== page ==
I’ve blogged several times before about various aspects of online safety, in particular Bebo and Myspace including the irony of the fact that on the one hand we’ve had regular concerned parents asking us not to put pictures of their children on the Church website, and yet the ease with which we could find the profiles of a number of the members of the youth group.
The Panorama tonight showed exactly why I was concerned at some of the profiles – if I could find them, who else could?
I have to say, at points in the programme, my blood ran cold. It started off with two girls who when they were 14 accepted someone who claimed to be a 26 year old woman onto their friend list. It wasn’t, in actual fact it was a 55 year old predatory pedophile, who subsequently used information on their pages to turn up when they were on a school trip. Thankfully the two girls involved, despite being frightened managed to get a picture of the man leading to his subsequent arrest.
But it went on. The programme set up a honey pot – a perfectly innocuous profile of a 14 year old girl, which pretty quickly attracted attention. When it got onto the 16 year old who was essentially selling himself over his webcam the programme was really getting disturbing. Another disturbing aspect was the survey statistics comparing what the children were doing, with what the parents thought their children were doing.
I suspect I’m in somewhat of a minority in that having been around online for a while, I’m well aware of the ease with which people can hide their true identity online – indeed it was at University that I first came across someone who was totally different in real life when two people I knew arranged to meet a girl they’d been chatting to online, only to discover that they weren’t who they said they were – in fact it wasn’t even a girl… Having spent time on IRC when that was a popular online haunt I’ve got a catalogue of internet stories of a similar ilk.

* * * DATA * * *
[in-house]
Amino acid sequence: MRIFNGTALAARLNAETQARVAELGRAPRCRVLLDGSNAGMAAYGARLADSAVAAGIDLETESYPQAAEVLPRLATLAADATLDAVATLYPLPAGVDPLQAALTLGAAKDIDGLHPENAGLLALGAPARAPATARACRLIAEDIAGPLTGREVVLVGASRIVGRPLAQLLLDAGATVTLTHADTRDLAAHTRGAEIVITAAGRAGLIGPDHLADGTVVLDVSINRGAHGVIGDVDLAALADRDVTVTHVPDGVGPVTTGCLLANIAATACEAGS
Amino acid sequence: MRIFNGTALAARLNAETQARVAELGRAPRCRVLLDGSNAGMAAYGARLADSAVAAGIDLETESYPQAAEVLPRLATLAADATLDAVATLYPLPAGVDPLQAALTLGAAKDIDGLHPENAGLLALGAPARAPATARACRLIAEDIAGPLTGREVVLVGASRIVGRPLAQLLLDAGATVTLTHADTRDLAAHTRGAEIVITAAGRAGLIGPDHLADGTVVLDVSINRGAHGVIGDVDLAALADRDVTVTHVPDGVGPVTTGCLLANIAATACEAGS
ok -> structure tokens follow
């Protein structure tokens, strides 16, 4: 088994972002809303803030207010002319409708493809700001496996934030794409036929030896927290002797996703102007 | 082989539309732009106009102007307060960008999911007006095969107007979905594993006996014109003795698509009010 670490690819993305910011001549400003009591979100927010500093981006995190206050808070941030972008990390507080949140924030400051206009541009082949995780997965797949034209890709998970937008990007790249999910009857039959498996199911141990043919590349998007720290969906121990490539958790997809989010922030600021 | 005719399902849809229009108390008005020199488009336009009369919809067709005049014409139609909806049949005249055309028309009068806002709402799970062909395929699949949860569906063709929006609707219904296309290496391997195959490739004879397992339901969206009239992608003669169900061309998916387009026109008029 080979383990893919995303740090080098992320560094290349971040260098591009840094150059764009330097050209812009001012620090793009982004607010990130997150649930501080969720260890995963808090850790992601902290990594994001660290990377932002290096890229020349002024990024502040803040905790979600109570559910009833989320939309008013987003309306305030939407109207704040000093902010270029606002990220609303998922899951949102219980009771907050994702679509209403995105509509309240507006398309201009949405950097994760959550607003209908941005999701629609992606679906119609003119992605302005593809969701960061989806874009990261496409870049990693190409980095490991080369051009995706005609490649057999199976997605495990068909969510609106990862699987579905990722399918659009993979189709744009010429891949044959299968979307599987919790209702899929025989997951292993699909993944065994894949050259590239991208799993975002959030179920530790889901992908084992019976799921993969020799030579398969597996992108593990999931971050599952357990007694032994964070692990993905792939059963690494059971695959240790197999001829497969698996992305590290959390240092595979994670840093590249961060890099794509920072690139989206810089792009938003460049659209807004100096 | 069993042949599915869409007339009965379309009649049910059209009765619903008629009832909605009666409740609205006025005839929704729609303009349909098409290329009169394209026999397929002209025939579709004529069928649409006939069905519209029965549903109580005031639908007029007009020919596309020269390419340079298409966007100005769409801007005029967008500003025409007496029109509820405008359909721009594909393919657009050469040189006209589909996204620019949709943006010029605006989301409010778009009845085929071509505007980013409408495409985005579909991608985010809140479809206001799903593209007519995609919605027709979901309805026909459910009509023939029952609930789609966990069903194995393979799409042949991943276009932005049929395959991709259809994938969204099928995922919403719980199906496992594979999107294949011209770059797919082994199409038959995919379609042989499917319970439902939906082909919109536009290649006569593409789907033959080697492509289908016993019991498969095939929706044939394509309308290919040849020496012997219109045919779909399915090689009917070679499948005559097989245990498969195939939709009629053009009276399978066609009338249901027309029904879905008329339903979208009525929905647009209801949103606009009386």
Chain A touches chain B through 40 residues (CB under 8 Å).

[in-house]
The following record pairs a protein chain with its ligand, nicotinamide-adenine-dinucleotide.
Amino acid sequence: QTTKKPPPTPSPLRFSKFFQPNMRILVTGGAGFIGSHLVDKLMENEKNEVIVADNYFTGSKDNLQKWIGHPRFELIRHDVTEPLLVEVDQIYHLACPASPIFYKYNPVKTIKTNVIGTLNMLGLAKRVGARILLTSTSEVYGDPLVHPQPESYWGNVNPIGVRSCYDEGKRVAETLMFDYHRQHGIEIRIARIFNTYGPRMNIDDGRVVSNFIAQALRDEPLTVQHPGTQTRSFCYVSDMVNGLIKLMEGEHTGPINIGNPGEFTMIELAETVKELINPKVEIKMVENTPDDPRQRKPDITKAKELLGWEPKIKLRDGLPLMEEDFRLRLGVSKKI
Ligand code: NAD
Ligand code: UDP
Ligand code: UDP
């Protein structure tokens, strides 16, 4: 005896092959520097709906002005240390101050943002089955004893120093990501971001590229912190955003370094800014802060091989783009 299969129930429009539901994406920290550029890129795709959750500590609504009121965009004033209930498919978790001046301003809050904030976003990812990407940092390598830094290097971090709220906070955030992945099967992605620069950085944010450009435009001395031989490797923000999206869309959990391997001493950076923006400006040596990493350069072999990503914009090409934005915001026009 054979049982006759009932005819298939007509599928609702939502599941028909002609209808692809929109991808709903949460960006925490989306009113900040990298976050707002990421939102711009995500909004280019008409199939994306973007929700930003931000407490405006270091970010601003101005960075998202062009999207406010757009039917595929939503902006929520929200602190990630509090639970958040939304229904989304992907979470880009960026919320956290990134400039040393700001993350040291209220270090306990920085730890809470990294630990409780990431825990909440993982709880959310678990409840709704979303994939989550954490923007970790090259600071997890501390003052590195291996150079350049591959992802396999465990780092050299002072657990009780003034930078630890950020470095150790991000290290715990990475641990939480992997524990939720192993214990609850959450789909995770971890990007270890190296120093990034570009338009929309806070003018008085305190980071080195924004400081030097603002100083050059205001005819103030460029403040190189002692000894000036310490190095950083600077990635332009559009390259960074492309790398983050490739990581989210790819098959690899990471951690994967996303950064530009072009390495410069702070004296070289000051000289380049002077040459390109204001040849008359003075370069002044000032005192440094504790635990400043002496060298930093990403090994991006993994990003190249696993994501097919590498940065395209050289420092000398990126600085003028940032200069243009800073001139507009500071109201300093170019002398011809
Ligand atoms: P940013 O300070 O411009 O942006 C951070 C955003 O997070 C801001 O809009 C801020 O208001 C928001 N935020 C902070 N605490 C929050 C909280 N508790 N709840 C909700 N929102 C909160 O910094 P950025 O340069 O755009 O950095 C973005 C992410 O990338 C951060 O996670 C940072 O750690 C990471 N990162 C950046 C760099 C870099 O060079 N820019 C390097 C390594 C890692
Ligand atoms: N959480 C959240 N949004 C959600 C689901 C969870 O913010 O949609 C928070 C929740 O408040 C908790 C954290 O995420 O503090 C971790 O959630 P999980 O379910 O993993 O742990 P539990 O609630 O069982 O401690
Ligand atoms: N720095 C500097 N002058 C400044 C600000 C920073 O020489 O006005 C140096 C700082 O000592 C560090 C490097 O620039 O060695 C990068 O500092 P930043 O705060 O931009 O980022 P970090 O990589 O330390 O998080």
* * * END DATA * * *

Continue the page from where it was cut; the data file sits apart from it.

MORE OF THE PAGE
Interestingly chatting about the programme today with a long time friend who was also on IRC around the same time, but whose now husband is relatively new to the internet, it seems that we have a very different attitude to people online. Both of us, although we have Windows Messenger, have the security settings turned fully on – i.e. the only people who can message us are people already on our list. The few people we’ve added recently have been people we’ve met in real life, rather than random online friends. Compare this to my friends husband, who has been randomly chatting to people on Windows Messenger – â€œhow do you know who they are?â€? she asked – â€œbecause I’ve seen a picture.â€? came the reply.
A little story for you. Back on IRC I remember one of the regulars having a major crisis as they had built an online relationship with someone in the US, indeed they’d got as far as arranging to meet. The problem was that this person was very insecure about how they looked, so right back at the beginning of the relationship had sent a picture of their cousin, who they thought was much better looking. As a result, when a meeting in real life was a possibility, she then had told her friend that she had a phoney picture, and to send a real one – at which point he had called the whole thing off. It is really, really easy to use a phoney picture to disguise your identity, it is really, really easy to pretend to be something or someone you are not online. As with the IRC story, it could be that two lonely people got hurt, but equally it can be someone pretending to be what they are not. Parents warn their children of stranger danger in the real world, but it is doubly important in the online world. Just because they say they are someone and show you a picture, doesn’t mean that they are who they say they are.
The programme talks to CEOP, the Child Exploitation and Online Protection Centre, which is a UK wide specialist police unit who also host the Think U Know site which includes resources and advice aimed at various age groups, and also information for parents, and teachers/youth leaders that could be used to talk about internet safety in a youth group situation.